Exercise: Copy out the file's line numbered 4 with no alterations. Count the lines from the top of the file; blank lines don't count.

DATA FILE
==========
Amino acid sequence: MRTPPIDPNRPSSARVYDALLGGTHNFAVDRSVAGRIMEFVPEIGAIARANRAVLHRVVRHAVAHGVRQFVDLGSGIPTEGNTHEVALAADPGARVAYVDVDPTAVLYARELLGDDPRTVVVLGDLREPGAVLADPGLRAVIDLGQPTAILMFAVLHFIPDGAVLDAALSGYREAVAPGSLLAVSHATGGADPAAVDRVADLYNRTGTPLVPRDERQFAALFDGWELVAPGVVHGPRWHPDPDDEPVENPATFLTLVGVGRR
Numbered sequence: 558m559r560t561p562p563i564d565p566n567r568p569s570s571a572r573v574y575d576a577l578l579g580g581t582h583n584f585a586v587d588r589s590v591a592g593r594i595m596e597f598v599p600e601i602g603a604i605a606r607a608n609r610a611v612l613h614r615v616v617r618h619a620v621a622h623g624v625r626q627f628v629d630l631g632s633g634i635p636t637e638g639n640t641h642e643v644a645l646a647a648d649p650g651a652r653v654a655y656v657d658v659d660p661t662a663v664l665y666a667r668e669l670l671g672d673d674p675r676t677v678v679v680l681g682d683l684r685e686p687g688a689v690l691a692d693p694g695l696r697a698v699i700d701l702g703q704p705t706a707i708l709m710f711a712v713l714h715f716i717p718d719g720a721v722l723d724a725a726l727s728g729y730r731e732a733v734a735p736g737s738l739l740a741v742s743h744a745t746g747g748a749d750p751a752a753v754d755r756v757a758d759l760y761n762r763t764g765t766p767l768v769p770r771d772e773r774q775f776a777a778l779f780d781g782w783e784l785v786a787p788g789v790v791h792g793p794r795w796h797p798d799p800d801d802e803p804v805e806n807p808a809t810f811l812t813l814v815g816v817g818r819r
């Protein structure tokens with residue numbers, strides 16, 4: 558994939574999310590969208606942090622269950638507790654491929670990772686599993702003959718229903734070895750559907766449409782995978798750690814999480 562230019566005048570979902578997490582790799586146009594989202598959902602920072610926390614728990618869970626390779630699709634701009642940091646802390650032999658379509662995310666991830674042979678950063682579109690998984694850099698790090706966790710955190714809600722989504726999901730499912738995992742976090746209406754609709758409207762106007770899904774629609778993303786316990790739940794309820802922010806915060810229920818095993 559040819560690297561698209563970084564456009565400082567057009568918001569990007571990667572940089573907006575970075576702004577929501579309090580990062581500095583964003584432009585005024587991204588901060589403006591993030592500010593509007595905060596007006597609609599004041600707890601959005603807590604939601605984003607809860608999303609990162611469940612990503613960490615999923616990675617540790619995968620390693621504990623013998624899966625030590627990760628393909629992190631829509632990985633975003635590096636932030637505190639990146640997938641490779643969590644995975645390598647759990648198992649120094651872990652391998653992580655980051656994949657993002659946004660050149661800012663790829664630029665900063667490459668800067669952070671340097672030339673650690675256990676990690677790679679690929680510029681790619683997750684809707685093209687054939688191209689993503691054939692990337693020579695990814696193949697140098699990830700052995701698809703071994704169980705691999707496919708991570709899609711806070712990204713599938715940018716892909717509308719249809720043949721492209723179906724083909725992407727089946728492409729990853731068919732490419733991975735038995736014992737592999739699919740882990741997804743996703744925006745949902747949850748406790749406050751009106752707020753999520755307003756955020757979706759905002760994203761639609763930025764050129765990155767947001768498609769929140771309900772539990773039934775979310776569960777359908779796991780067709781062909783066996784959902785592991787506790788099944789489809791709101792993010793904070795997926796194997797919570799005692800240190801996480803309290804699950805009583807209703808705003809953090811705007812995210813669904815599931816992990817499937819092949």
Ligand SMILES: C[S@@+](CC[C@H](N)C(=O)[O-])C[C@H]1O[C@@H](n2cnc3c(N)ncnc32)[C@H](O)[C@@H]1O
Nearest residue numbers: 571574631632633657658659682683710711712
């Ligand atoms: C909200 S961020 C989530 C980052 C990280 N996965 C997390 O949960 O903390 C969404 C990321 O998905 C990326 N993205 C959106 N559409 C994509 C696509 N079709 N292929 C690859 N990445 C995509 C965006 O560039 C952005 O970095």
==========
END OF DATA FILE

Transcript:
Ligand SMILES: C[S@@+](CC[C@H](N)C(=O)[O-])C[C@H]1O[C@@H](n2cnc3c(N)ncnc32)[C@H](O)[C@@H]1O